Many consumer advocates agree. Simply outlawing certain types of loans doesn’t necessarily leave consumers better off.

“Let’s say I get paid on Tuesday, but my rent is due Monday,” says Rachel Schneider, innovation director at the Center for Financial Services Innovation. “Banning payday loans doesn’t solve the very real problem of cash flow mismatch for low-income people.”

What would a world without subprime loans look like? To understand that, we need to look first at the many different kinds of subprime loans, and the ways in which they often hurt consumers who need them most. Next would be an examination of some real-life examples of what can happen when financial tools like payday loans are banned. Finally, we would try to imagine a world where subprime loans still exist, but are made more affordable and more useful for the average consumer through a combination of public regulation and private competition.

A Subprime Primer »

Image © Tara GoldenDreamstime.com

Pages: 1 2 3 4 5

Comments on articles and responses to those comments are not provided or commissioned by a bank advertiser. Responses have not been reviewed, approved or otherwise endorsed by a bank advertiser. It is not a bank advertiser's responsibility to ensure all posts and/or questions are answered.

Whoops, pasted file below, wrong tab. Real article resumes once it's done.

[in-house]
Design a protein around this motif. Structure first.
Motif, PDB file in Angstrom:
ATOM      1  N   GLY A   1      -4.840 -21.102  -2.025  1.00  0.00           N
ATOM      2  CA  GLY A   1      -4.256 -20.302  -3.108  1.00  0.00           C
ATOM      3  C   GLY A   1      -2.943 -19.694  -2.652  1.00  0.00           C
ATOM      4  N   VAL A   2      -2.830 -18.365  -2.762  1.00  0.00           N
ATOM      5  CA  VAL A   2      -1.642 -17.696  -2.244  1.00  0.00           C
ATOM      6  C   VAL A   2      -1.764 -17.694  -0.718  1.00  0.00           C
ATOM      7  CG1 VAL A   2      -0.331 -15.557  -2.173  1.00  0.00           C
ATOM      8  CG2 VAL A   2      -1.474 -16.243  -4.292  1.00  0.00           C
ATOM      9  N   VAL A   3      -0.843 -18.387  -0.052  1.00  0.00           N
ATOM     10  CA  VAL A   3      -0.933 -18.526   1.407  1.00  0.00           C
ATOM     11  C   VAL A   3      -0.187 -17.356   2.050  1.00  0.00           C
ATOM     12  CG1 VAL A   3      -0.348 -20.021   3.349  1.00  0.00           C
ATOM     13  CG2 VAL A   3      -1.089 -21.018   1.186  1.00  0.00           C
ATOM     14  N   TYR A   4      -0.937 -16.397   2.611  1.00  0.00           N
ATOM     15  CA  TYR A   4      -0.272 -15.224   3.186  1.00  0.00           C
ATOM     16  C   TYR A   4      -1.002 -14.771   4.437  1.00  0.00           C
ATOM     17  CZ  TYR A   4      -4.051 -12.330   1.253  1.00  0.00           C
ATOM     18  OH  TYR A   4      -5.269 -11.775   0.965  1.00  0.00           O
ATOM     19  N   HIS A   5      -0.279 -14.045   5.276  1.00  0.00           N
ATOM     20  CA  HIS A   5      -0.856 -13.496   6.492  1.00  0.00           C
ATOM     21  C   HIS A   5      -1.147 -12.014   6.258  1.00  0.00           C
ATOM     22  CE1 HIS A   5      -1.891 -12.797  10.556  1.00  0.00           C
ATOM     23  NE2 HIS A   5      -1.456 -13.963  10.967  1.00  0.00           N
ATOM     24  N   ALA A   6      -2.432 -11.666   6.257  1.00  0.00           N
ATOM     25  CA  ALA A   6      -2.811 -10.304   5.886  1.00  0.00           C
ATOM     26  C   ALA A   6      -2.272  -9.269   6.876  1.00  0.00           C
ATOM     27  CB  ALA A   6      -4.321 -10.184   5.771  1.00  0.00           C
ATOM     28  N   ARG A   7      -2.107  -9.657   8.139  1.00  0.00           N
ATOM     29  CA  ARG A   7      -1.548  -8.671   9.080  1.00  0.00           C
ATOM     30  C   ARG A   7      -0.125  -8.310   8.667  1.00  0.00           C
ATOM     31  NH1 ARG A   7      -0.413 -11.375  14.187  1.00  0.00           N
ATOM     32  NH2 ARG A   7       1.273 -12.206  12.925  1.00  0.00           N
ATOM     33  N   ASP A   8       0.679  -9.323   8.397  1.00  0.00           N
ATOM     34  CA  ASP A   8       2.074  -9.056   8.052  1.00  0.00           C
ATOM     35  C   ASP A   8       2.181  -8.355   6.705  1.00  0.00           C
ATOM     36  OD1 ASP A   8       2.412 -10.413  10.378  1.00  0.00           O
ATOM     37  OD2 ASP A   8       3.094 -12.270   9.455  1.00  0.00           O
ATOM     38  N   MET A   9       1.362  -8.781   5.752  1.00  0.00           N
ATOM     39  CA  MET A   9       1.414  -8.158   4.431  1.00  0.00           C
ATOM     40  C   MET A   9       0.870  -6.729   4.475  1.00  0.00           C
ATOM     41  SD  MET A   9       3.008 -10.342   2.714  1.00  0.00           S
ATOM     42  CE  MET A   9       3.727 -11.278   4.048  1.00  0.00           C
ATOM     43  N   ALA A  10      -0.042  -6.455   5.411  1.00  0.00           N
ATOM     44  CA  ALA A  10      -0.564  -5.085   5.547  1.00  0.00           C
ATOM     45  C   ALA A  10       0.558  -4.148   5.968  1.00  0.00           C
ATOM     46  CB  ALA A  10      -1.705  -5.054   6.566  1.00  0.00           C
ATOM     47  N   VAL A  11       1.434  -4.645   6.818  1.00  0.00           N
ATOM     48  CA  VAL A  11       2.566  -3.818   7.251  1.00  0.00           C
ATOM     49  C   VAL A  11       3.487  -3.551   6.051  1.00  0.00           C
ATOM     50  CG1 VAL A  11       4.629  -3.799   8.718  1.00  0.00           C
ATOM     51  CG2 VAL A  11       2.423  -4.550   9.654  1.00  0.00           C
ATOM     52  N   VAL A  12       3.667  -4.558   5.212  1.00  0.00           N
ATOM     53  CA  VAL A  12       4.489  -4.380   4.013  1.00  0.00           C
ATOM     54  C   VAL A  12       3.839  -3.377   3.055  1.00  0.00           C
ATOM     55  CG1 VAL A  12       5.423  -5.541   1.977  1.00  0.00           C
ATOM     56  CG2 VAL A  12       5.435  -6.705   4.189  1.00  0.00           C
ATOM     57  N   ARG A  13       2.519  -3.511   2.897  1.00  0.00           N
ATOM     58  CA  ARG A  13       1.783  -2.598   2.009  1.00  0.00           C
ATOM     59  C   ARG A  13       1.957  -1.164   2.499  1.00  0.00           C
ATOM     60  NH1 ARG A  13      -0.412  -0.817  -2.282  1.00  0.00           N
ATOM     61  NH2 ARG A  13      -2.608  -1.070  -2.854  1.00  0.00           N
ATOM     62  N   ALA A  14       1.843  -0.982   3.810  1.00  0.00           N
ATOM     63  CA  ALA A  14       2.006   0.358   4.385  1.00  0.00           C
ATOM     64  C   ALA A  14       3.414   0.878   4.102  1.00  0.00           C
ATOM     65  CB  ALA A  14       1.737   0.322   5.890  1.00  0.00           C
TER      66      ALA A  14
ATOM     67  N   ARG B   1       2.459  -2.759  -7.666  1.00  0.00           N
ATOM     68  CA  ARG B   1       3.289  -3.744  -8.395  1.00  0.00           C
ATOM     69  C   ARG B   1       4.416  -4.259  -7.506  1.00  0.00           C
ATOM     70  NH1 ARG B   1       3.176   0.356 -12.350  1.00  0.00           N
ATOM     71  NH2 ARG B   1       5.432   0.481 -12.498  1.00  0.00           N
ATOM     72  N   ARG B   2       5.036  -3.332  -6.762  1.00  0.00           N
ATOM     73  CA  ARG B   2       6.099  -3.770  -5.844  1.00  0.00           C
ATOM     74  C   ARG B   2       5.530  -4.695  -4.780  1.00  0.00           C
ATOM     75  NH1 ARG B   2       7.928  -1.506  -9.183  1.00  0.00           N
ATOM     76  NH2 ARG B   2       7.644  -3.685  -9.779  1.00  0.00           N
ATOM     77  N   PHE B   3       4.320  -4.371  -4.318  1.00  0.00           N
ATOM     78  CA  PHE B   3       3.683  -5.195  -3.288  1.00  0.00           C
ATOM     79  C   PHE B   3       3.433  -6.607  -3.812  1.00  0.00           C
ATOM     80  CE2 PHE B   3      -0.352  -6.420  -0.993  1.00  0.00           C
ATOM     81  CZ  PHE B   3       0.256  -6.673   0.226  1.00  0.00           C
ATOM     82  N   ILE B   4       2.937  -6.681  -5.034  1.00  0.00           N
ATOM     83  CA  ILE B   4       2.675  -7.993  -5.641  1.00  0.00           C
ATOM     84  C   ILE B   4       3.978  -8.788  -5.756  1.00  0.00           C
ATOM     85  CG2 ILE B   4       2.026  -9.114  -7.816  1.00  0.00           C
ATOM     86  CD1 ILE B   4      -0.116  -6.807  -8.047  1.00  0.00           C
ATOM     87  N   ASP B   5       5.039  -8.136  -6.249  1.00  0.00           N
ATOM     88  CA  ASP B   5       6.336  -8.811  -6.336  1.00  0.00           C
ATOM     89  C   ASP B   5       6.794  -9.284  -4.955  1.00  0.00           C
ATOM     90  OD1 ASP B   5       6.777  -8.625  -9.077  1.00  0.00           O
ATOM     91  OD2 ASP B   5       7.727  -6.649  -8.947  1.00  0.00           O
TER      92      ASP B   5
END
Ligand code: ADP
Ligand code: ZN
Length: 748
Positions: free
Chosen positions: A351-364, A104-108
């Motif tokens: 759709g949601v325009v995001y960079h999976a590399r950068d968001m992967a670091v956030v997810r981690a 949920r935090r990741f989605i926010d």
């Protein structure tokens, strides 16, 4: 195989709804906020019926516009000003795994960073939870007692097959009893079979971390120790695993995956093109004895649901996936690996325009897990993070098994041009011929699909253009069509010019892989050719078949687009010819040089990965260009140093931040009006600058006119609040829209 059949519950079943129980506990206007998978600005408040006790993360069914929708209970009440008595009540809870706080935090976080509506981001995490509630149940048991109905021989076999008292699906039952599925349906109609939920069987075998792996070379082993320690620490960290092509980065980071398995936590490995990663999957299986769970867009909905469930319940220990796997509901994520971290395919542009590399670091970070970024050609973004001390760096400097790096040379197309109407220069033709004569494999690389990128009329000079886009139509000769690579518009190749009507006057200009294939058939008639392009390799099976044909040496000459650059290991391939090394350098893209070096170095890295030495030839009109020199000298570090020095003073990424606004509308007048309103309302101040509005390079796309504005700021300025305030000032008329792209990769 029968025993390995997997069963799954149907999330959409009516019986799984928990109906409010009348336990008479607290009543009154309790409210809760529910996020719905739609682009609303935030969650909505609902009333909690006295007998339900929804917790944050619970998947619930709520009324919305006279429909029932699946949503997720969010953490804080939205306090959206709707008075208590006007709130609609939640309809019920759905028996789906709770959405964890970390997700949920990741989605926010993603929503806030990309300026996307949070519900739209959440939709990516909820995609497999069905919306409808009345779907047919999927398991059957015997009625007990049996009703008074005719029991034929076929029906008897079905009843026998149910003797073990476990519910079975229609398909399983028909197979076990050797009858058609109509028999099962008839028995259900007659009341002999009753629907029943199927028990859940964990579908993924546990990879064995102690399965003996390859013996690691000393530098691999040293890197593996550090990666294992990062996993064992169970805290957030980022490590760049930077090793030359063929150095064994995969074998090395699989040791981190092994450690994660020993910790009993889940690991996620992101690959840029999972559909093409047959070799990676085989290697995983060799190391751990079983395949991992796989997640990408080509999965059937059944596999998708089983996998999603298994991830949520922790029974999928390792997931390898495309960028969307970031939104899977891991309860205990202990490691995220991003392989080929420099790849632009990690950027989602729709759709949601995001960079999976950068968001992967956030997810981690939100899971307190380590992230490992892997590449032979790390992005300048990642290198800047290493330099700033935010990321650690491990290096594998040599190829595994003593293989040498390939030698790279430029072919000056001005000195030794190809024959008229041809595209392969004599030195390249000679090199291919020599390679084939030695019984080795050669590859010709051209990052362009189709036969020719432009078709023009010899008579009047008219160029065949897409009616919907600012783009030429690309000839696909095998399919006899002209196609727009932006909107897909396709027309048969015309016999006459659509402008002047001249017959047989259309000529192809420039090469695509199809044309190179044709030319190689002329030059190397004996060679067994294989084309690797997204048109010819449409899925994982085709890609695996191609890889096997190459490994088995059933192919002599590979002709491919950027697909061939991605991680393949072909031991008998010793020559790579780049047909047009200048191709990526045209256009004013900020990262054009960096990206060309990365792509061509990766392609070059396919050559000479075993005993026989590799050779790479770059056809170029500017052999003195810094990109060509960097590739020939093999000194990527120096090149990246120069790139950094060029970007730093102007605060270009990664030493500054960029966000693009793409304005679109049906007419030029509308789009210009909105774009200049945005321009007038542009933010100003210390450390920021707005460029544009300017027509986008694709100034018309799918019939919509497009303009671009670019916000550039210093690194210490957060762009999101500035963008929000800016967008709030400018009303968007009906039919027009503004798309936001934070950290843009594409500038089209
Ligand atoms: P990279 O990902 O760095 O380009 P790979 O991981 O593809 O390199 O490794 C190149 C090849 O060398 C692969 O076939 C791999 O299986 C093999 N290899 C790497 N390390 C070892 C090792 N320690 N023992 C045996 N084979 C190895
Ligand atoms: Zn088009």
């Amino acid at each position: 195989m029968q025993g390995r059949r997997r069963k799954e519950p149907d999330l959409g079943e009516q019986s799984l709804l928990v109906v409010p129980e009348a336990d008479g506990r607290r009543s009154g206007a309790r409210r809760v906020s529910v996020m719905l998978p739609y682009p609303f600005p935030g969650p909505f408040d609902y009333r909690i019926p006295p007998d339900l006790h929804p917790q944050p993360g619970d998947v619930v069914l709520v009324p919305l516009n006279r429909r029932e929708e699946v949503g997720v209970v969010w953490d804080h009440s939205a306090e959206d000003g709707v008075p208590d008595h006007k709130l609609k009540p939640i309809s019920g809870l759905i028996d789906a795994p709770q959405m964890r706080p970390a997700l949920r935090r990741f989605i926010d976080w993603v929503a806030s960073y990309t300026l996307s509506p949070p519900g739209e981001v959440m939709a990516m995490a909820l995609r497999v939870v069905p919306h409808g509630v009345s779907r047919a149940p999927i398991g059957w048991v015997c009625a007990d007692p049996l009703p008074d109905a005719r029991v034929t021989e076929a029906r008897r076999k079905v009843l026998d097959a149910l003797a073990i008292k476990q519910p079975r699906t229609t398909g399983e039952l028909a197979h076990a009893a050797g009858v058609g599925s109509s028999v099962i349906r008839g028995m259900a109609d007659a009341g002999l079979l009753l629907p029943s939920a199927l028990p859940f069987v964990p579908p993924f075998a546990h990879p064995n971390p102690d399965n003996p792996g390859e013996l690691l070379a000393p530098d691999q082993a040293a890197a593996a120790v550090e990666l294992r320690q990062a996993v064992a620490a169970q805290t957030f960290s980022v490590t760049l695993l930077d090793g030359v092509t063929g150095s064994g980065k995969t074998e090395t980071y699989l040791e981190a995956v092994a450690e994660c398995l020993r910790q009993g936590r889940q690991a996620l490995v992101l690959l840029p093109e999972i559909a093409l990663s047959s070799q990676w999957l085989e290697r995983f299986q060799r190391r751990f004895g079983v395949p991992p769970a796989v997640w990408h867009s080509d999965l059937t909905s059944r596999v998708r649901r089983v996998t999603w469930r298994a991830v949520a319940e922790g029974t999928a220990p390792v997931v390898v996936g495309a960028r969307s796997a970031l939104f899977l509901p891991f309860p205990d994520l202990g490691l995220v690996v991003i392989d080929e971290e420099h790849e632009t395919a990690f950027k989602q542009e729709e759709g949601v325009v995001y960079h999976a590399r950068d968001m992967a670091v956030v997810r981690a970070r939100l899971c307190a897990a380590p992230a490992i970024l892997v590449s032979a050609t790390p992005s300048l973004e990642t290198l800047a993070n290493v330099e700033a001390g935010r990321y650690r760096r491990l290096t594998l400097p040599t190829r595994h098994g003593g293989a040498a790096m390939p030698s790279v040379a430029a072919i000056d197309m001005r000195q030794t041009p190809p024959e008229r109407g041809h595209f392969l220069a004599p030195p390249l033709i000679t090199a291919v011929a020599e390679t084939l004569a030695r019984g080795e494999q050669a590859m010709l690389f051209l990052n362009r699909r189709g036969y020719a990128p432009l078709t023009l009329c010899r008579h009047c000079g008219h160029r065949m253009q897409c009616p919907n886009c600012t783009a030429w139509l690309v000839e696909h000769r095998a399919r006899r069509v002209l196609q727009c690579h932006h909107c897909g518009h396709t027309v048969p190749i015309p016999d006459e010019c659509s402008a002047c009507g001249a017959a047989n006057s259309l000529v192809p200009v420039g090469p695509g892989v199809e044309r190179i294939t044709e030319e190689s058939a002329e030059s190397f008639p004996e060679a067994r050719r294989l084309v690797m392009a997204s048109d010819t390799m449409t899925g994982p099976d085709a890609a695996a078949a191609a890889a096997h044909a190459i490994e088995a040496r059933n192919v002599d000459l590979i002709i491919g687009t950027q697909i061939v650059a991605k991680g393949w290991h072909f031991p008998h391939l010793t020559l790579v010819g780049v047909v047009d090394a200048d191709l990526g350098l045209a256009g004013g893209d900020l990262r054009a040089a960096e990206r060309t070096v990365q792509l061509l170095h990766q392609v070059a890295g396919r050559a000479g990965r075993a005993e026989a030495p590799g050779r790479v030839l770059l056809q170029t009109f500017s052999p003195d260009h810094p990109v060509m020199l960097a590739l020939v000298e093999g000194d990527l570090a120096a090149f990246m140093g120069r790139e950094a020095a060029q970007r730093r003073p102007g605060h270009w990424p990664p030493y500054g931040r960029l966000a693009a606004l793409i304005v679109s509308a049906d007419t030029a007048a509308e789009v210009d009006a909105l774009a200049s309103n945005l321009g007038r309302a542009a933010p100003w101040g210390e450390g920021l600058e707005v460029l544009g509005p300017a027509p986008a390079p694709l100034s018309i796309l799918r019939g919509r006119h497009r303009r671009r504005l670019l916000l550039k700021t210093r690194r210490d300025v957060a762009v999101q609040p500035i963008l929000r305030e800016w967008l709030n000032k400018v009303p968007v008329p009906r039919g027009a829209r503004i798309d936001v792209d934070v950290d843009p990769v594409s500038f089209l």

Please note that our comments are moderated, so it may take a little time before you see them on the page. Thanks for your patience.

Certain credit cards and other financial products mentioned in this and other sponsored content on Credit.com are Partners with Credit.com. Credit.com receives compensation if our users apply for and ultimately sign up for any financial products or cards offered.

Hello, Reader!

Thanks for checking out Credit.com. We hope you find the site and the journalism we produce useful. We wanted to take some time to tell you a bit about ourselves.

Our People

The Credit.com editorial team is staffed by a team of editors and reporters, each with many years of financial reporting experience. We’ve worked for places like the New York Times, American Banker, Frontline, TheStreet.com, Business Insider, ABC News, NBC News, CNBC and many others. We also employ a few freelancers and more than 50 contributors (these are typically subject matter experts from the worlds of finance, academia, politics, business and elsewhere).